UPDATE 1-Brazil port modernization bill clears Congress
* Legislation opens ports to more private capital
* Lifts restrictions on private ports
* Stevedore strike ends at biggest port, Santos
BRASILIA, May 16 (Reuters) - Brazil's Congress approved legislation on Thursday that opens up state-owned ports to private investment and lifts restrictions on the building of private ports in a bid to eliminate serious bottlenecks strangling the country's export growth.
The reform bill, which may yet change if President Dilma Rousseff decides to veto parts of it, is an effort to make Brazil's clogged, costly and badly managed ports more efficient. That, backers believe, can help restore robust growth to Brazil's once-booming economy.
However, negotiations over the bill set off a pitched battle between supporters and those who benefit from the status quo. While labor unions opposed the bill because it would loosen their grip on work contracts, port contractors, suppliers and other interest groups resisted changes to existing port business.
The bill's passage was a hard-won victory for Rousseff, who negotiated with coalition partners and opposition parties to clinch approval just hours before a midnight deadline that would have killed the proposal.
Her 18-party coalition split over the controversial bill and so modified her original proposal that Rousseff is expected to veto at least parts of it. One change, for instance, eliminated an important provision that would have centralized control of ports with the federal government, wresting management authority from powerful state administrations.
"This is not the final version, but it's an advance," said Nelson Carlini, chairman of Logistica Brasil, a company that runs several port terminals and plans to build new ones. Like other businesspeople with their eye on the sector, Carlini is pleased the bill revokes restrictions on private investments.
The legislation eliminates a rule that restricted the operations of private companies at terminals in public ports to the handling of their own cargo and did not allow them to move third-party goods. The restrictions, private operators say, discouraged new investments.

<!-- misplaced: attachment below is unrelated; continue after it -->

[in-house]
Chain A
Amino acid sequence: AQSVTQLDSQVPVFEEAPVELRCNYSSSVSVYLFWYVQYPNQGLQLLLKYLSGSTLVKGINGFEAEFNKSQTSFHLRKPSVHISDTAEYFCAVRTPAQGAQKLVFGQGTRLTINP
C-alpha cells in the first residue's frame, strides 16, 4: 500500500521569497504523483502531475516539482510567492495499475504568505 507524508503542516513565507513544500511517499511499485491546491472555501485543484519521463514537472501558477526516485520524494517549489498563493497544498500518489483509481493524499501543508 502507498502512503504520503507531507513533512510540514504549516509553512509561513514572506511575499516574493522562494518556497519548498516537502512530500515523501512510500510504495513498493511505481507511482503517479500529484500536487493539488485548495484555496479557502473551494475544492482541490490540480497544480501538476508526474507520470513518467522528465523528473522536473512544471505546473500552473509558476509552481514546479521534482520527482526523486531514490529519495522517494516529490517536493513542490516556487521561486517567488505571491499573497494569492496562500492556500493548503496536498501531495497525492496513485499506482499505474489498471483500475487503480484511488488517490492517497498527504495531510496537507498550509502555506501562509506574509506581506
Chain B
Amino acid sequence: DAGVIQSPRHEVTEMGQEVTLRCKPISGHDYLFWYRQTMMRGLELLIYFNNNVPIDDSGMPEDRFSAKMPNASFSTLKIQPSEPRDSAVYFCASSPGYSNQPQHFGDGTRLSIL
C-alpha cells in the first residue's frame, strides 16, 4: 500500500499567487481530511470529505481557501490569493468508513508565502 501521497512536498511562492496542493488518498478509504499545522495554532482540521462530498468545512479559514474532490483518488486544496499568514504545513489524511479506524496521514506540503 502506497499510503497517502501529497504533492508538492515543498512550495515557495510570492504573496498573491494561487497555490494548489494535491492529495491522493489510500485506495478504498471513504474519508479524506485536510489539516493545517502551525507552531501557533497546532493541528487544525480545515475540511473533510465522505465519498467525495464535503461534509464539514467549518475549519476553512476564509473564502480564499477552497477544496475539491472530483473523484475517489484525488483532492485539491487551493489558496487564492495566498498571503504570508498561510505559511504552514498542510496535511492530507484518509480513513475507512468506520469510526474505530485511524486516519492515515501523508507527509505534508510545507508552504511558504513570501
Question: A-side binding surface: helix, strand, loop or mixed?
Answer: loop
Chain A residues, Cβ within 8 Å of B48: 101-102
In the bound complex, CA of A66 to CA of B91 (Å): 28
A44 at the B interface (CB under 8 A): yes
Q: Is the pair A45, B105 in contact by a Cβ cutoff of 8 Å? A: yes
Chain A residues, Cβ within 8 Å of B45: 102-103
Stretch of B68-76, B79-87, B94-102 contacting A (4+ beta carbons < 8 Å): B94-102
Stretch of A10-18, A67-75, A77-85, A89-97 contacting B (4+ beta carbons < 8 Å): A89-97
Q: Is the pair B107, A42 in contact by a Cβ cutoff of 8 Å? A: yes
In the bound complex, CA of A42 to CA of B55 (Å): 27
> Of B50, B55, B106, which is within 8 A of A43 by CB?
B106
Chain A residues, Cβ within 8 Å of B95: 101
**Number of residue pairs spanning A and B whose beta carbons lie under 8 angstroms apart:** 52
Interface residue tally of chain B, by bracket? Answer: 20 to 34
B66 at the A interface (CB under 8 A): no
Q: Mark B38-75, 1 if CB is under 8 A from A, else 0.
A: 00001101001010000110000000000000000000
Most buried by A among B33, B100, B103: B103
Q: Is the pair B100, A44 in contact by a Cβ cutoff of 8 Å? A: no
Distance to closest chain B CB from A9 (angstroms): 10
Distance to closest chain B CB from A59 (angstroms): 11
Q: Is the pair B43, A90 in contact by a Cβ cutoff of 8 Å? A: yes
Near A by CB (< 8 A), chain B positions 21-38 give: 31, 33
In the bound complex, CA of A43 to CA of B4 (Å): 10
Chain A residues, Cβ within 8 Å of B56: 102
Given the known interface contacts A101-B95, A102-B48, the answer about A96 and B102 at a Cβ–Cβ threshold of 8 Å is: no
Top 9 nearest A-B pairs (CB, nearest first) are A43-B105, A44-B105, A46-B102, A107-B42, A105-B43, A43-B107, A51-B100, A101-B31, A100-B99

The government in recent years has increasingly turned to private investors for money and technology to upgrade Brazil's crowded highways, decaying bridges, rickety electric grid and other over-stretched infrastructure.
But outside investment in ports has been more difficult until now because of legal barriers.
For Rousseff, an overhaul of 20-year-old port regulations is an essential step to move ahead with a $26 billion public-private investment drive to modernize gateways for Brazil's crucial commodity exports.
Ports convey 95 percent of Brazil's foreign commerce and as such are vital for a country that in recent decades became the world's biggest exporter of coffee, sugar, beef, orange juice and ethanol.
Brazil's 34 major ports, the government says, are unprepared to handle a potential quadrupling of traffic to nearly a billion tonnes a year by 2030. Ports in Brazil's industrially developed southeast are working at near 100 percent capacity and those in the rest of the country are expected to be saturated by 2016.
PORT STRIKE OVER
Union opposition complicated the ruling Workers' Party's support for the ports bill that sparked a two-day protest strike. But stevedores returned to work on Wednesday at Brazil's largest port of Santos, ending a walkout that had limited impact on cargo movement.
The strike began unexpectedly at midday on Tuesday at the southeastern ports of Santos, Paranagua and Rio de Janeiro. By Wednesday afternoon, workers at Santos were the only ones still reported to be striking.
Dock workers wanted to defend union control over hiring in the bill, which allows new terminal investors to contract non-union labor. Some unions agreed to let operators hire outside of a centralized hiring agency, known as OGMO.
The legislation is an attempt to attract billions of dollars in new investments by allowing private investors to manage some of the ports as well as to increase efficiency and cut costs.
Brazilian port terminals charge some of the world's highest prices to move goods. Some of the high cost stems from labor agreements, but red tape, taxes and lack of competition between terminals are also to blame.
Rousseff has made the bill a top priority in a push to improve Brazil's dilapidated infrastructure, which has become a drag on economic growth, with ships lining up for weeks to enter a port to load up agricultural and other exports.
Brazil is in the midst of exporting a record soy harvest, while coffee and sugar crops are due to hit the overburdened ports within weeks.
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